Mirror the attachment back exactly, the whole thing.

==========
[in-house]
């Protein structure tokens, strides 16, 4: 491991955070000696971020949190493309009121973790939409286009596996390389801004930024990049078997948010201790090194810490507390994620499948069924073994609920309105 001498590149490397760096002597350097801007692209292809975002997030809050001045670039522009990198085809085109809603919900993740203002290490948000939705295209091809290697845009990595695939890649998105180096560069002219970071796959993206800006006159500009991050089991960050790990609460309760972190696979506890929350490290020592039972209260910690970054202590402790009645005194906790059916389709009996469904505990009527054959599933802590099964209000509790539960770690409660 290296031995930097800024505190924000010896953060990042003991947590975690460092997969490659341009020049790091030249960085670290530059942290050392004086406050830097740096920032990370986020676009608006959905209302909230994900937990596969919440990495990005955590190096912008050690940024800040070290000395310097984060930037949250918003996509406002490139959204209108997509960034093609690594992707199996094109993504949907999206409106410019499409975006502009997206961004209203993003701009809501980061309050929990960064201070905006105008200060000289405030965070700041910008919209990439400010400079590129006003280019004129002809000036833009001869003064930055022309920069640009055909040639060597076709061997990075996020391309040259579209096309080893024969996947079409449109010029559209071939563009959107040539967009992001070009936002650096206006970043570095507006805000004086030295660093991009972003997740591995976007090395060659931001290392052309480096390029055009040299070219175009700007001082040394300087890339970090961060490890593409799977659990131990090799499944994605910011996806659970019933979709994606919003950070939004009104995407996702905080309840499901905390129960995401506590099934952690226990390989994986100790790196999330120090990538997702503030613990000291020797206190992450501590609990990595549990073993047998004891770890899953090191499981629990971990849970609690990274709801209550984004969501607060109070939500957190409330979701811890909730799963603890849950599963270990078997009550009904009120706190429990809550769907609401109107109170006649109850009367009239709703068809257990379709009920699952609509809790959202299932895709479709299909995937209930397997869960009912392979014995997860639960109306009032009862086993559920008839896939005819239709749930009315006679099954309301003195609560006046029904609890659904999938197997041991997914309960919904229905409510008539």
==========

[in-house]
């Protein structure tokens, strides 16, 4: 491991955070000696971020949190493309009121973790939409286009596996390389801004930024990049078997948010201790090194810490507390994620499948069924073994609920309105 001498590149490397760096002597350097801007692209292809975002997030809050001045670039522009990198085809085109809603919900993740203002290490948000939705295209091809290697845009990595695939890649998105180096560069002219970071796959993206800006006159500009991050089991960050790990609460309760972190696979506890929350490290020592039972209260910690970054202590402790009645005194906790059916389709009996469904505990009527054959599933802590099964209000509790539960770690409660 290296031995930097800024505190924000010896953060990042003991947590975690460092997969490659341009020049790091030249960085670290530059942290050392004086406050830097740096920032990370986020676009608006959905209302909230994900937990596969919440990495990005955590190096912008050690940024800040070290000395310097984060930037949250918003996509406002490139959204209108997509960034093609690594992707199996094109993504949907999206409106410019499409975006502009997206961004209203993003701009809501980061309050929990960064201070905006105008200060000289405030965070700041910008919209990439400010400079590129006003280019004129002809000036833009001869003064930055022309920069640009055909040639060597076709061997990075996020391309040259579209096309080893024969996947079409449109010029559209071939563009959107040539967009992001070009936002650096206006970043570095507006805000004086030295660093991009972003997740591995976007090395060659931001290392052309480096390029055009040299070219175009700007001082040394300087890339970090961060490890593409799977659990131990090799499944994605910011996806659970019933979709994606919003950070939004009104995407996702905080309840499901905390129960995401506590099934952690226990390989994986100790790196999330120090990538997702503030613990000291020797206190992450501590609990990595549990073993047998004891770890899953090191499981629990971990849970609690990274709801209550984004969501607060109070939500957190409330979701811890909730799963603890849950599963270990078997009550009904009120706190429990809550769907609401109107109170006649109850009367009239709703068809257990379709009920699952609509809790959202299932895709479709299909995937209930397997869960009912392979014995997860639960109306009032009862086993559920008839896939005819239709749930009315006679099954309301003195609560006046029904609890659904999938197997041991997914309960919904229905409510008539």